Jessica Jones was introduced in 2001 by writer Brian Michael Bendis and artist Michael Gaydos, and since then the world-weary superpowered private eye’s adventures were written exclusively by her creator. That changed last year when Bendis left Marvel for DC. Before he left though he chose writer Kelly Thompson as his handpicked successor for writing Jessica’s adventures. Jessica couldn’t be in better hands either! Thompson loves both the character and the P.I. genre, and it shows! Plus her collaborator, Mattia de Iulis,  brings her story to life in a fantastic way.

Blindspot, Thompson and de Iulis’ first Jessica Jones story, is available in collected edition now and you only need minimal background information to jump right in: the comic book version of Jess is a little older and managed to find a bit of happiness by marrying Luke Cage, and she started a family with him. The two have an adorable baby daughter named Danielle. She’s still the same snarky P.I. fans know and love though, and having a family means her cases often become more personal and the stakes are often higher.

 

Courtesy of Marvel Comics

Luke Cage and Iron Fist

Power Man & Iron Fist Volume 1: The Boys Are Back In Town by David Walker; art by Sanford Greene; published by Marvel

The only time Netflix’s version of Danny Rand ever clicked with me was the one episode of Luke Cage Season Two where he and Luke teamed up. That episode and Cage and Rand’s comic history together as friends had fans hoping for a Power Man (the comic book incarnation of Cage’s old identity) and Iron Fist TV show. I would have liked to have seen it. It could have been a lot of fun.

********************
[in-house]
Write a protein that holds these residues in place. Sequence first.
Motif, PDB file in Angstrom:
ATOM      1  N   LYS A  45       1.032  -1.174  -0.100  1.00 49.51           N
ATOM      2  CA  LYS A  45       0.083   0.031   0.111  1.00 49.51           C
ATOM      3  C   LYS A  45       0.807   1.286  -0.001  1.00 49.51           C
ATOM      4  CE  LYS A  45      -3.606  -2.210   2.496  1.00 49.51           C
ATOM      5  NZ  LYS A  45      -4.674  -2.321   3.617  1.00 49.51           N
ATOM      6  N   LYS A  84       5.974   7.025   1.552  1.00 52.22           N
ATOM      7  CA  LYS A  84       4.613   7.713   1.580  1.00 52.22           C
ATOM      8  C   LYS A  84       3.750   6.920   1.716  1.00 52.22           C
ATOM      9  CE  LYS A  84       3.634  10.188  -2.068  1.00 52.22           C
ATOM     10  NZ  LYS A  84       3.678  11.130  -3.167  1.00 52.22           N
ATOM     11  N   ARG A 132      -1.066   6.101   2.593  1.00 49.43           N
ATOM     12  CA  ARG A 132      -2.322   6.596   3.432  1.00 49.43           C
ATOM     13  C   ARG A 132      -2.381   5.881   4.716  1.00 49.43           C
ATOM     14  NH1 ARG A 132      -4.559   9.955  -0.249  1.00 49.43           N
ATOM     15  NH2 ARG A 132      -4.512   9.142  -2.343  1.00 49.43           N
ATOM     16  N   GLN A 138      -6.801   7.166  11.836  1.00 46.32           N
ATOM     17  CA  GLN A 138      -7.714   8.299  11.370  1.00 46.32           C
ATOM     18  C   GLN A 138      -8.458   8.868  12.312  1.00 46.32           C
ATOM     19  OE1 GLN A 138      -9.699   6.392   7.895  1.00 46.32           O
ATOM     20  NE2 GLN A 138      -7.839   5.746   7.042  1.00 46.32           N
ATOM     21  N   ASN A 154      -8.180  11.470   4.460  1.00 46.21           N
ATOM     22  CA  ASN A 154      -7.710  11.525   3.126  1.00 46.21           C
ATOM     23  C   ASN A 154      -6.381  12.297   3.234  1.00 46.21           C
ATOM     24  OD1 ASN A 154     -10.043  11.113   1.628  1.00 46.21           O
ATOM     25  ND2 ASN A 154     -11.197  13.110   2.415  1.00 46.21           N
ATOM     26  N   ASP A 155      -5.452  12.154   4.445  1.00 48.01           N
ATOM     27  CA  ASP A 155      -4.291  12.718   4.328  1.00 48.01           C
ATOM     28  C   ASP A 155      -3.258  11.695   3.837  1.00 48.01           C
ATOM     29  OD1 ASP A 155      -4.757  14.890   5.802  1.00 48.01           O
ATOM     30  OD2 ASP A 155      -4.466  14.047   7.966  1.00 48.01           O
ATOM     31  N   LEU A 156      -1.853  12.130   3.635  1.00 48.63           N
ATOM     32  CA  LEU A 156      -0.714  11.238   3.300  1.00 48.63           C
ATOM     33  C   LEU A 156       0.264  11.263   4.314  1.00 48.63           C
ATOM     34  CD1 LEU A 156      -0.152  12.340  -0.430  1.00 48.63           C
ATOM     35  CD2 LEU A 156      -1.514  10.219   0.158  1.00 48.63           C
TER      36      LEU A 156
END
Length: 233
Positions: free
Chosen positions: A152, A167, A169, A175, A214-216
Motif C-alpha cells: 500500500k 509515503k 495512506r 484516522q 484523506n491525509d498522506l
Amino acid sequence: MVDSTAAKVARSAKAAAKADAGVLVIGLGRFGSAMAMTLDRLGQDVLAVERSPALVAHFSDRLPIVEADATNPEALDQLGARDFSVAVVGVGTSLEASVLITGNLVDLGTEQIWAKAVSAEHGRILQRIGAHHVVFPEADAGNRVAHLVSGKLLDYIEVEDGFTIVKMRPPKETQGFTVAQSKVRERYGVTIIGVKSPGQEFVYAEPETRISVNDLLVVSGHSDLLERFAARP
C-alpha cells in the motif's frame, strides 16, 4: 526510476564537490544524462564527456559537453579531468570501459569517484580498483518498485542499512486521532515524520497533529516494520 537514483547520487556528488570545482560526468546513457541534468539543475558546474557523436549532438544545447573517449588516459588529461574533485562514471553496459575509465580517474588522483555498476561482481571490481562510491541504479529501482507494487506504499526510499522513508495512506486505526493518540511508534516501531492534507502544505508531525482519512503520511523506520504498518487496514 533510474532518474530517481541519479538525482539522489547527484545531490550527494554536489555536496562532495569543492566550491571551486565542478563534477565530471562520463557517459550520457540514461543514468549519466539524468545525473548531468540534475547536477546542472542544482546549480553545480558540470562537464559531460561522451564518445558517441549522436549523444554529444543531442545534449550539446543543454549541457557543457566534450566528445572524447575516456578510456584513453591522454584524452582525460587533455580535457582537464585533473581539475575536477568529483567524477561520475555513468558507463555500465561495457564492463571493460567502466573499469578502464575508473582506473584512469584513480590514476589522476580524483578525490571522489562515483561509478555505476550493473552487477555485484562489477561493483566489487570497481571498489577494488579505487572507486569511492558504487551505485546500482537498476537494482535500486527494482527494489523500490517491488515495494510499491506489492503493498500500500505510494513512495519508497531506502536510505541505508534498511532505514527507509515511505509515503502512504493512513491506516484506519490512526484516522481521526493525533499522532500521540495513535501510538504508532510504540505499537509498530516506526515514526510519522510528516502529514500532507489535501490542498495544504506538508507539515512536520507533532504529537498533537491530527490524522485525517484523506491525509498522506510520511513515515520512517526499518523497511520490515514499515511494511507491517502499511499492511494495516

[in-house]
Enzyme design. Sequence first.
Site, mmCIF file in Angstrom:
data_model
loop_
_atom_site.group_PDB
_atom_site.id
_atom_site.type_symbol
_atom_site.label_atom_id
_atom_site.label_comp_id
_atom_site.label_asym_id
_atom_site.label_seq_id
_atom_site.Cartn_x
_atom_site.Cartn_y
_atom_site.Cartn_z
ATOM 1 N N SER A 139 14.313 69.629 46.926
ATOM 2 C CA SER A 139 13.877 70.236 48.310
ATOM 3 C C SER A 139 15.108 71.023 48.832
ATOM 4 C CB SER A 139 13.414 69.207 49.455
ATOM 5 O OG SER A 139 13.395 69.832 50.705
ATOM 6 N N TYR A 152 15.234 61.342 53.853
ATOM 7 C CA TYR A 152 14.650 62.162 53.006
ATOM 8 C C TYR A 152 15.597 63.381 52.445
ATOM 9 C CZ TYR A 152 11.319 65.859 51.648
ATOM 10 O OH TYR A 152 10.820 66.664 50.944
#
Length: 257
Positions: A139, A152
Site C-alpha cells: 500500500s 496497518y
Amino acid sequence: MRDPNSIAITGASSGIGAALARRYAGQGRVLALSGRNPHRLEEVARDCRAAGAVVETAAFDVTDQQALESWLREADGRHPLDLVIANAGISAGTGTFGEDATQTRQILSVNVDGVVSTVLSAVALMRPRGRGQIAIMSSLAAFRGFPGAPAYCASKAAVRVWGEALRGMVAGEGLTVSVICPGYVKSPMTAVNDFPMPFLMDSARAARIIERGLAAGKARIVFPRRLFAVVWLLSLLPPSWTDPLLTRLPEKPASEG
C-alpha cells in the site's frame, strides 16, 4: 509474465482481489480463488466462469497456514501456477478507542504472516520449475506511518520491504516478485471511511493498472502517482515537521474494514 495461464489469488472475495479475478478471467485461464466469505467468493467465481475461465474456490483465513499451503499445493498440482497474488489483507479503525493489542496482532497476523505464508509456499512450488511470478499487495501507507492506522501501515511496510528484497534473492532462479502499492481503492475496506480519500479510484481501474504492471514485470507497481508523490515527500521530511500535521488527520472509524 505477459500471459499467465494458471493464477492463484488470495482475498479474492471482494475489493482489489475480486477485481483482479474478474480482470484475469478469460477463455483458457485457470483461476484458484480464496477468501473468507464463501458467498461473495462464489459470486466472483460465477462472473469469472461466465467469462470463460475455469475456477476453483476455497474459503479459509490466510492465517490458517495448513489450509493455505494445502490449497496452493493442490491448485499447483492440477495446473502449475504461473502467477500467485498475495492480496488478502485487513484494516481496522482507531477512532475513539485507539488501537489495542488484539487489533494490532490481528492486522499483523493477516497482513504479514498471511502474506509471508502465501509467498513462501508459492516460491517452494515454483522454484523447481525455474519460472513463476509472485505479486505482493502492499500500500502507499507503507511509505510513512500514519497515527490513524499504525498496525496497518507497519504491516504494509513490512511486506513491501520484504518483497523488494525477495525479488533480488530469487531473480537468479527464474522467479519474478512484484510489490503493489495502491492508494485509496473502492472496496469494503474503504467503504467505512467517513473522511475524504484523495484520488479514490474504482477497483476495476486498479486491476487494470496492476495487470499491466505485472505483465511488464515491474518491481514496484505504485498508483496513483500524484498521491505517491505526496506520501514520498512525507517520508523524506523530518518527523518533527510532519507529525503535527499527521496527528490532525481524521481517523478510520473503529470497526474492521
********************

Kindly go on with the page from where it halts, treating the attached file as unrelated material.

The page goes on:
If you want to see how enjoyable it could have been there are a lot of Power Man & Iron Fist comics out there. A good place to start would be the most recent and sadly short-lived series by the creative dream team of David Walker and Sanford Greene. In The Boys Are Back In Town, the kickoff story to that series, Cage and Rand decide to work together for the first time in a long time. They then become embroiled in a fantastic and fun action-comedy that involves colorful organized crime figures (many of who will be familiar to fans of the Luke Cage Netflix series) and a blaxploitation style supernatural artifact known as the Supersoul Stone.

 

Courtesy of Marvel Comics

Punisher

Punisher MAX Volume 1: In the Beginning written by Garth Ennis; art by Lewis Larosa; published by Marvel

The first season of Netflix’s Punisher show focused on trauma and how much of an unrelenting bad-ass Frank Castle is. So fans of the show will certainly want to take a look at the comic adventures of the Punisher that were written by Garth Ennis. Ennis’ early work on the character was pretty much a dark comedy. It was a lot of fun, but I’m guessing show fans will prefer the work he did that was a little more serious and hard-edged.

The best place to start for that is the graphic novel Punisher MAX Volume 1: In the Beginning. In that book, Ennis and his fantastic collaborator Lewis Larosa kick off a series that follows the exploits of an older Castle whose been waging a one-man war against crime since he returned home from Vietnam. The book was published by Marvel Comics’ MAX imprint, which is for mature readers. So the stories are brutal, violent, and incredibly powerful. The series exists in its own universe which means the Punisher doesn’t interact with any other Marvel heroes, but fans of the Netflix show will recognize some familiar faces like this world’s version of Linus Lieberman (AKA Microchip).

Comments

  1. Laurent Latulippe

    Great recommendations, I love comics.

Leave a Reply

Your email address will not be published. Required fields are marked *